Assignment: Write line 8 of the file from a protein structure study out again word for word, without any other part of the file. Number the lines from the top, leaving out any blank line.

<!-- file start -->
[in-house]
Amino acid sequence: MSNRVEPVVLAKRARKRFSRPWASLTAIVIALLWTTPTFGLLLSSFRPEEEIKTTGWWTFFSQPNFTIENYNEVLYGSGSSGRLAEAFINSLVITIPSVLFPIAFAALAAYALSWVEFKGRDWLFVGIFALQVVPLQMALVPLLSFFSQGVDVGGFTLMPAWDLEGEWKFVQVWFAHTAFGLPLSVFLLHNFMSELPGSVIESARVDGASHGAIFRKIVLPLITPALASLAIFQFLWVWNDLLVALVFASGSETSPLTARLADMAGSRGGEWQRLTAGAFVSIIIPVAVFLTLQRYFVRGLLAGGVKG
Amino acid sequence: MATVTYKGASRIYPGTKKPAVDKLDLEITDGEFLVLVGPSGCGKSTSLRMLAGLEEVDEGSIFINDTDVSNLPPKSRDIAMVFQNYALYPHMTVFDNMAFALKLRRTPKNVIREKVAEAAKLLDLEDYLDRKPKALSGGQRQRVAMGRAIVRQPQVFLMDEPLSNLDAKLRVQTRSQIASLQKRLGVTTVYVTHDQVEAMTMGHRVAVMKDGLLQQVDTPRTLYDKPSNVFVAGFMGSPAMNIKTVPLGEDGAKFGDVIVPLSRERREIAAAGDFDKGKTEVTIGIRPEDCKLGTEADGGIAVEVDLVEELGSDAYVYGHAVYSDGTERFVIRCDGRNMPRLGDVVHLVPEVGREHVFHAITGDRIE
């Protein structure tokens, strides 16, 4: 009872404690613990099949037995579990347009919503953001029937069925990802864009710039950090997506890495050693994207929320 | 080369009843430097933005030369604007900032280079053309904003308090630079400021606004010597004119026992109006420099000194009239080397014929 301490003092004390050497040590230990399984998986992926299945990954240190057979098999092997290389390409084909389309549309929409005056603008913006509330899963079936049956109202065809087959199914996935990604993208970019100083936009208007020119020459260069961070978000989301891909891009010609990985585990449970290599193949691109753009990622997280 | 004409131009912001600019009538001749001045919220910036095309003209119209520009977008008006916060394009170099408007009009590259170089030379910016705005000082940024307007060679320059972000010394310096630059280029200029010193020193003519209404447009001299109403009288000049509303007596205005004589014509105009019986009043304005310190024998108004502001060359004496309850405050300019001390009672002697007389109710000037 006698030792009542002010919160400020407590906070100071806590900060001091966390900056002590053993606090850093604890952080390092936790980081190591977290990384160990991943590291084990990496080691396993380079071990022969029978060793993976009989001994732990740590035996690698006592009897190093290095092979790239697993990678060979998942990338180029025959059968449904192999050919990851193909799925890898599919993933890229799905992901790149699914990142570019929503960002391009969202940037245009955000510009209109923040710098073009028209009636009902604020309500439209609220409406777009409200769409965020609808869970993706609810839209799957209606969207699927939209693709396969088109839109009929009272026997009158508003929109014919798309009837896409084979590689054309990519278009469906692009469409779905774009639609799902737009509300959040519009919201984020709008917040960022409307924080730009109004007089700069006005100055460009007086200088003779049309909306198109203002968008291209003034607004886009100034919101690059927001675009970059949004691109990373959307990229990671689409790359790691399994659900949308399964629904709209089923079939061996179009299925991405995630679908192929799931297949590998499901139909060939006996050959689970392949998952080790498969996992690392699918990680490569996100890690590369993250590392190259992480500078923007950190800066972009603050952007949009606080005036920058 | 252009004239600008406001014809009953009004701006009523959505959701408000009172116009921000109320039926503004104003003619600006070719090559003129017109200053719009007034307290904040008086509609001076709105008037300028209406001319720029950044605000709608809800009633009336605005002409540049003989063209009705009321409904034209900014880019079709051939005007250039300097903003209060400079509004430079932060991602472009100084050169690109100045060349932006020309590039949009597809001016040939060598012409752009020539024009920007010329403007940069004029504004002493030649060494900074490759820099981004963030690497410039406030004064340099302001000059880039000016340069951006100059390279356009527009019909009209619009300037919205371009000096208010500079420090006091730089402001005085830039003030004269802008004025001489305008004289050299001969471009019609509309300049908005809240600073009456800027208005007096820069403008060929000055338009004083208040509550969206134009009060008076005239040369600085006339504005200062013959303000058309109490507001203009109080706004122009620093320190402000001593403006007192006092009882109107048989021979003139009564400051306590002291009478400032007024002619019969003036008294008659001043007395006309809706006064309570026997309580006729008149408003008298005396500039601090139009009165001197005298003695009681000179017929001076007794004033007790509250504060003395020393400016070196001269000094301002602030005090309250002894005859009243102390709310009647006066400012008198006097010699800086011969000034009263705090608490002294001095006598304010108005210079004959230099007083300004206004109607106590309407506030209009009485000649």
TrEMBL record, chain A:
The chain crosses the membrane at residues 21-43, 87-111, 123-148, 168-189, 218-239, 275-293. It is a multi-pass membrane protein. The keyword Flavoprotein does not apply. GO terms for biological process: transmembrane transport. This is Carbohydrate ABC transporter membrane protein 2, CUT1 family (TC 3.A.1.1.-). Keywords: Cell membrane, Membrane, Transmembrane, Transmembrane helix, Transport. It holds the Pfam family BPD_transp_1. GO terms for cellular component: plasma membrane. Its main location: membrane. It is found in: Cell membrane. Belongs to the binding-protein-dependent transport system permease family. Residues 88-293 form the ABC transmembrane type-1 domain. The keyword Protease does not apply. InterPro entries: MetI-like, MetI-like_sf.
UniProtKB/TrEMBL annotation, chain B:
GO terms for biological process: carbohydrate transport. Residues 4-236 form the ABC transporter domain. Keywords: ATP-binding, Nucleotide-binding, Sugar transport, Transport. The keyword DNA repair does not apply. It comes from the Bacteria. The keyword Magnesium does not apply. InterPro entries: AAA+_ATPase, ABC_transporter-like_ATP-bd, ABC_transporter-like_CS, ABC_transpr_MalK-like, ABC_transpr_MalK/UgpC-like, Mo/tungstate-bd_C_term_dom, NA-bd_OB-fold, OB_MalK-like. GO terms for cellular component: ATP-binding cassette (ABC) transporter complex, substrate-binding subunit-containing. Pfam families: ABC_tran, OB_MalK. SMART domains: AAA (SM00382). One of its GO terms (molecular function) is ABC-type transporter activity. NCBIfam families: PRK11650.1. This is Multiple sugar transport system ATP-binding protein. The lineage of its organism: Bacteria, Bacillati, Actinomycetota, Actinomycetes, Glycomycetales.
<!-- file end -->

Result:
GO terms for biological process: carbohydrate transport. Residues 4-236 form the ABC transporter domain. Keywords: ATP-binding, Nucleotide-binding, Sugar transport, Transport. The keyword DNA repair does not apply. It comes from the Bacteria. The keyword Magnesium does not apply. InterPro entries: AAA+_ATPase, ABC_transporter-like_ATP-bd, ABC_transporter-like_CS, ABC_transpr_MalK-like, ABC_transpr_MalK/UgpC-like, Mo/tungstate-bd_C_term_dom, NA-bd_OB-fold, OB_MalK-like. GO terms for cellular component: ATP-binding cassette (ABC) transporter complex, substrate-binding subunit-containing. Pfam families: ABC_tran, OB_MalK. SMART domains: AAA (SM00382). One of its GO terms (molecular function) is ABC-type transporter activity. NCBIfam families: PRK11650.1. This is Multiple sugar transport system ATP-binding protein. The lineage of its organism: Bacteria, Bacillati, Actinomycetota, Actinomycetes, Glycomycetales.